What is a Service-Level Agreement?

Service Level Agreement

In our industry, countless acronyms and abbreviations are used without a second thought or explanation. IICRC, WRT, CPCU, AMRT, IBNR, ALE, and on and on and on… At CAN (another one!) we are constantly referring to SLA’s or the SLA document. This week, we will dive into the definition, purpose, and expectations of the Contractor’s Alliance Network’s Service-Level Agreement (That’s another way to say CAN’s SLA’s). To start, here’s what Wikipedia has to say on the topic:


“A service-level agreement (SLA) is a commitment between a service provider and a client. Particular aspects of the service – quality, availability, responsibilities – are agreed between the service provider and the service user.”

Another way to look at it is a service-level agreement (SLA) defines the level of service you expect from a vendor, laying out the metrics by which service is measured, as well as remedies or penalties should agreed-on service levels not be achieved. It is a critical component of any vendor contract. At its most basic definition, it sets the bar on how CAN desires its policy holder’s to be treated and states the obligations and expectations a Service Provider agrees to by onboarding and subsequently accepting an assignment. The number one takeaway from this week’s Insight’s is that everyone in your organization should read this document front to back before engaging on a Heritage, Zephyr, or Narragansett Bay loss. Ownership, Back Office, Field Staff, PM’s, Apprentices, and everyone in between. The largest area of deficiency in regard to SLA’s is the lack of communication within a Service Provider’s organization. At the time of onboarding, a small number of individuals are selected by the Service Provider to train on “all things CAN”. If that training knowledge is not passed on to everyone in your organization, you are opening the door to SLA violations. It is a simple concept that is forgotten too often.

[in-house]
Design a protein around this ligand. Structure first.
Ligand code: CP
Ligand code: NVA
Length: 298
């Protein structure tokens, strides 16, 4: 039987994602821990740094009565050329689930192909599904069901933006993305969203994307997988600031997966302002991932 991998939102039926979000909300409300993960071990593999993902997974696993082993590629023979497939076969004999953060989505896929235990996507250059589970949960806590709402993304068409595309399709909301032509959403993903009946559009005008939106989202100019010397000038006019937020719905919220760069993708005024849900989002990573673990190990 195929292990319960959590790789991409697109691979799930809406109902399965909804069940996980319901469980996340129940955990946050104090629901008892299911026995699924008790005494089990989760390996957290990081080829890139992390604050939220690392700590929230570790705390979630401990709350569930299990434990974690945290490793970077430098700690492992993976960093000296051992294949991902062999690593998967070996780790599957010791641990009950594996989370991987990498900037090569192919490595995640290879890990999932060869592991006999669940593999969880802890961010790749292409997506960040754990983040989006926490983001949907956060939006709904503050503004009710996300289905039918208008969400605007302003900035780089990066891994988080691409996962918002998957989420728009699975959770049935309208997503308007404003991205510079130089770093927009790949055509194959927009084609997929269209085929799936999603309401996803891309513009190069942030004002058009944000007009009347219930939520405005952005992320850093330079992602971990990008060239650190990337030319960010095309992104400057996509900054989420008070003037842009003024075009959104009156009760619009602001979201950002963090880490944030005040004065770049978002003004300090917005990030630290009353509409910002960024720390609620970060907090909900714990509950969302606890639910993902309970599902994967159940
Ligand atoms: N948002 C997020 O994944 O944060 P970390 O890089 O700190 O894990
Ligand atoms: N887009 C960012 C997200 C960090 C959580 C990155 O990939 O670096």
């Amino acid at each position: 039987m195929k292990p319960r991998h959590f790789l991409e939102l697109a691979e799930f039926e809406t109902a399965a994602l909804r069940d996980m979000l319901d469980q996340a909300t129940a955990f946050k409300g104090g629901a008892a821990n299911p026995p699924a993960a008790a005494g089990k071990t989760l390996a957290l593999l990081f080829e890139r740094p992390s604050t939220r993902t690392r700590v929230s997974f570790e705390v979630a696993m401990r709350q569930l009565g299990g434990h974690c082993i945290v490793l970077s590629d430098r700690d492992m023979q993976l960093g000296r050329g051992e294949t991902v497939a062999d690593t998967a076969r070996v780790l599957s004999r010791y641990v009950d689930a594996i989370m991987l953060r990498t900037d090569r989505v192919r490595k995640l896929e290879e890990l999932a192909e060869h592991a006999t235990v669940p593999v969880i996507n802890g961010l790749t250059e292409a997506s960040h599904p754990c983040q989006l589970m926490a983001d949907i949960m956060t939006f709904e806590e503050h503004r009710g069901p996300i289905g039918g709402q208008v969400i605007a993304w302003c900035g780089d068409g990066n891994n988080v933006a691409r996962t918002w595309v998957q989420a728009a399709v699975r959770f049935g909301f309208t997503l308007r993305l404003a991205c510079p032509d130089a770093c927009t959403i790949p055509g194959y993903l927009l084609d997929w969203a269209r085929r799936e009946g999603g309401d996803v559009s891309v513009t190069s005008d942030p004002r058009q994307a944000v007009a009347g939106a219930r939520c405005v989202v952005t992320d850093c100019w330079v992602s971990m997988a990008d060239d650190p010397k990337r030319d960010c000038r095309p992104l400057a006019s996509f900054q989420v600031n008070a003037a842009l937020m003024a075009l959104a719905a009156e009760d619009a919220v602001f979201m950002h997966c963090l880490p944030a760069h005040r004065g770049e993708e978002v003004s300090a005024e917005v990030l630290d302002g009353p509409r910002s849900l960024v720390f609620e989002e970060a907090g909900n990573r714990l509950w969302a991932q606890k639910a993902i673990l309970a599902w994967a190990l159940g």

CAN recommends distributing the SLA document to every employee within your organization and creating some type of acknowledgement from the employee confirming they have read and understand them. This is also a great way to uncover things you may have missed when you personally reviewed it. Your field and back office staff have a different perspective and can often spot things other missed that directly impact the way you operate. We also recommend reviewing SLA’s often if you do not engage on a large number of CAN assignments (muscle memory). Set a quarterly calendar reminder at minimum. Large losses and losses with special circumstances are other examples where your team should be reviewing the document to cover the specific service type you are about to accept or have already accepted. A best practice would be to know what is required before agreeing to provide the service. Proactive versus Reactive is not a new concept in our industry. By accepting an assignment, you are agreeing to abide by the document. It helps protects you, your team, CAN, and most importantly, our policy holder’s when everyone that touches a loss has read and understands the service level expectations before you begin.


Lastly, when properly executed, a service-level agreement is a living document. Laws, processes, and environments change constantly. There is no better example than what we have been experiencing the last few weeks. The more people that have read the CAN SLA, the more opportunity we have as a group to spot potential problems and seek out remedies before a policy holder, insurance carrier, or service provider is impacted. Your feedback is essential to our success. The key is to get ahead of questions, comments, and concerns before a problem is encountered on a live loss. With your assistance, we can continue to deliver on our customer promises while staying on the same page operationally.


If you would like a one-on-one training session dedicated to SLA’s (or any other topic), do not hesitate to reach out to us. We can also provide the most recent update of the SLA. It varies by region, please make sure you have the region/brand specific version applicable to your organization. If you are a national provider, you may need multiple versions.